Gluten-Free Condiments

  • Distilled Vinegars – Many manufacturers state that anything distilled is gluten-free, as the gluten is naturally removed, but other manufacturers actually label “some” of their products gluten-free. Some Heinz vinegar are labeled gluten-free. See their gluten-free vinegar list at the bottom of their page for U.S. and Canadian products. Rice vinegars are usually gluten-free. Malt vinegars are never gluten-free.
  • Soy Sauce: San-J’s Organic Gluten-free Tamari Sauce (organic and low-sodium), Kikkoman’s (naturally brewed), Braggs Liquid Aminos
  • Worcestershire Sauce: Lea & Perrins “The Original” and “Reduced Sodium” – ones made in the U.S., not Canada
  • Ketchup (see Heinz gluten-free products)
  • Mustard (Kraft’s Grey Poupon’s mustard contain gluten-free vinegar; and French’s is also gluten-free.)

Gluten-Free Salad Dressings

  • Ken’s Foods Lite Accents Salad Dressing, except for “Asian” which contains soy sauce
  • See my Gluten Free Salad Dressing Brands List on Answers.com.

Gluten-Free Pasta and Noodles

  • Tinkyada pasta
  • Jovial pasta
  • Schar pasta
  • Trader Joe’s Brown Rice Pasta (made in a gluten-free facility and tested.)
  • Shirataki noodles (Zero net carbohydrates and zero calories, meaning the fiber outweighs the carbs)
  • Soba – Japanese noodles

Gluten-Free Mexican

Asian Sauces

Choy Sun by Lee Kum Kee oyster sauce

PF Chang’s oyster sauce

PF Chang’s Thai Sweet Chili Sauce and many other GF Asian sauces

Lee Kum Kee’s Panda Brand Oyster Sauce

Wok Mei hoisin sauce

Premier Japan hoisin sauce

Gluten Free Sauces

Marinara Sauce: Prego’s Marina Sauce and Colavita Organic Spicy Garlic Marinara Sauce

Continued on Page 2

Visit Carla’s Gluten Free Online Store. In collaboration with Massachusetts General Hospital, 50% of all proceeds are donated to their Center for Celiac Research and Treatment.

This entry was posted in Safe Gluten-Free Food List. Bookmark this blog post.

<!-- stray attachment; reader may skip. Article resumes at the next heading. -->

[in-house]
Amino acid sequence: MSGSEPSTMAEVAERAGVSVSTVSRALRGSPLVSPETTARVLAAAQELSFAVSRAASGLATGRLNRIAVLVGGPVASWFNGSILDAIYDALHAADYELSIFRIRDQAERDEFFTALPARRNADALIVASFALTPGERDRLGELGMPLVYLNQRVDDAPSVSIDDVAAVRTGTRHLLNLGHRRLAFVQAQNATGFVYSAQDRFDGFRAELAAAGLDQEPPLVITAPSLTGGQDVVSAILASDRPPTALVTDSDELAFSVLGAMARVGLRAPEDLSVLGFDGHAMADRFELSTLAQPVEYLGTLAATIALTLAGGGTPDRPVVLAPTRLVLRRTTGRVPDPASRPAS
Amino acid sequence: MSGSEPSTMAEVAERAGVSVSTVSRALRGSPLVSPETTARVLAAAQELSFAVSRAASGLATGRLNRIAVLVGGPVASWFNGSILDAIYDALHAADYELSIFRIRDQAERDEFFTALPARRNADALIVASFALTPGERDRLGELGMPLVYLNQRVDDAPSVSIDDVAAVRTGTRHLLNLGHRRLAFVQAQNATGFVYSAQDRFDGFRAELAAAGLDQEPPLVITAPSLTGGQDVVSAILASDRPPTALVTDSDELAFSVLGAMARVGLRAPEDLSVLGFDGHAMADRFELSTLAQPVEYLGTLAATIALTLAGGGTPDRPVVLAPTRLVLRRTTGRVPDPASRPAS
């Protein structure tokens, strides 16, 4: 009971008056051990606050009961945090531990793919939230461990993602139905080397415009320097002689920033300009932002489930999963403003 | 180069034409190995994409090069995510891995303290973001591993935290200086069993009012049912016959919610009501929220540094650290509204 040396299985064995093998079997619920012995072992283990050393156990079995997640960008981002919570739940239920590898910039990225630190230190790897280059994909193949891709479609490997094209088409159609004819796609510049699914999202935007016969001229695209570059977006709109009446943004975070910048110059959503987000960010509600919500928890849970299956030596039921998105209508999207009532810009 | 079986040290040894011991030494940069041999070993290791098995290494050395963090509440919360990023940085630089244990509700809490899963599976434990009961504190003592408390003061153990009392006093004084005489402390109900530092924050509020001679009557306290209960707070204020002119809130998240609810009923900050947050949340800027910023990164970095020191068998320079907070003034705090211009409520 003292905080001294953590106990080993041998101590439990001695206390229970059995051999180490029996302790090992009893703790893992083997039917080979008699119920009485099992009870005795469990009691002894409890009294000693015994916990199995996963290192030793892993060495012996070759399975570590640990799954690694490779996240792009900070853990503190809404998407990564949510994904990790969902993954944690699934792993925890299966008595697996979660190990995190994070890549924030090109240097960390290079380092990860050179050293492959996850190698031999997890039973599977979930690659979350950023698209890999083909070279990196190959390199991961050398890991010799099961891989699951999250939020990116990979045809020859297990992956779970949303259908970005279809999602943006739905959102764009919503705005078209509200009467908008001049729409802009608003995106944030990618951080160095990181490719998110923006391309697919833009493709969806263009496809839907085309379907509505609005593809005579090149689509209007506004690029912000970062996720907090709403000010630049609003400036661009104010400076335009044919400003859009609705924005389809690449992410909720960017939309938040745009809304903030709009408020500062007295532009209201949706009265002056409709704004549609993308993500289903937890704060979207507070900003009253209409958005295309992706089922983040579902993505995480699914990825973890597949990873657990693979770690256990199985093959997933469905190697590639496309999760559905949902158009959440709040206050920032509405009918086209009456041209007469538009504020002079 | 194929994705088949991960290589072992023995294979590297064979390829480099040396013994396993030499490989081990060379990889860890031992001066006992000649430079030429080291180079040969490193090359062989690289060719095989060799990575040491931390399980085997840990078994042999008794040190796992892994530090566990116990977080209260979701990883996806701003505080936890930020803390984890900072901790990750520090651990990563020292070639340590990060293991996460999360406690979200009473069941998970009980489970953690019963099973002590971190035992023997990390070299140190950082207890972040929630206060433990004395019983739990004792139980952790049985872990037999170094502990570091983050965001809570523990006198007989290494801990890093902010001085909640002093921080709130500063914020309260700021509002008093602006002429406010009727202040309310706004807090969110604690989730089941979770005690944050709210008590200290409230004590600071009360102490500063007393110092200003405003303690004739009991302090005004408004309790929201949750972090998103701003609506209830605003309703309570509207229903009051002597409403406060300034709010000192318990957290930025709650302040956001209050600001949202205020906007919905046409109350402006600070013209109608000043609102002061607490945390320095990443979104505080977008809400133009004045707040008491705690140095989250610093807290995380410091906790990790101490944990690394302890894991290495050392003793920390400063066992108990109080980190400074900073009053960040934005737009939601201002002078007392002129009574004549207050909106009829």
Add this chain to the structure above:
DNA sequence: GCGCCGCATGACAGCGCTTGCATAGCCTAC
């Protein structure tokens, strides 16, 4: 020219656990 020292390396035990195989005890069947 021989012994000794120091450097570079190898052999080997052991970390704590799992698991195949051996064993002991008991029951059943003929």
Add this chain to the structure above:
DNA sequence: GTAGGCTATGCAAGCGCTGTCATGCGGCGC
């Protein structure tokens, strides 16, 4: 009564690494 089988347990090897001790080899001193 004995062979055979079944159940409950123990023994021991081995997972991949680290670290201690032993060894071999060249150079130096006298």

24 Responses to Gluten Free Products List

  1. brenda says:

    Thank you this site is very helpful…..grrrrr can’t wait to feel better

  2. Jessie says:

    So glad I found this site, Just diagnosed and almost lost.

  3. Adrienne Testa says:

    Thank you for this list. Fortunately I do not have a gluten allergy (that I know of) lol but I do want to make some changes in my diet. I was wondering what the best flour substitute for baking would be? As the holidays approach I would like to make some gluten free cookies this year. Thanks again!

  4. Duane Schweitzer says:

    Wow Carla if you not married, I’m available…:-). By far the most comprehensive Gluten-Free website I’ve viewed to date. Thank you, my wife has just recently discovered she is wheat intolerant, eho knew! Anyway we’ll be using this recipes a many. Dinner is at 6:00 pm

  5. Anna says:

    Dont forget to add Quaker brand GRITS and Cream of Rice from Nabisco brand to your list of gluten free hot cereals.

  6. Julie says:

    Excuse me, but the Allergen Warning on the side of Great Value Instant Potatoes DOES list WHEAT along with like 10 other possible contaminants. As far as I am concerned, this makes this product unsafe. MOST GREAT VALUE PRODUCTS list wheat as an ALLERGEN WARNING. I was most upset when I found this out. I just went Gluten Free 3 weeks ago, I’m still learning, but the biggest lesson I am learning is that Great Value must be thoroughly checked. I don’t understand how the “trace amounts” issue thing works, but I do know that if it is enough to be listed as a warning then its enough for me to say NO to.

  7. Carrie Rowbotham says:

    Just double checking about Philadelphia cream cheese for my cheesecakes-absolutely Gluten-free? I’m very new at this and a little overwhelmed…LOL! Thanks GFRB staff…love your site. xoxo ;-)

  8. Michelle says:

    You are a life saver!!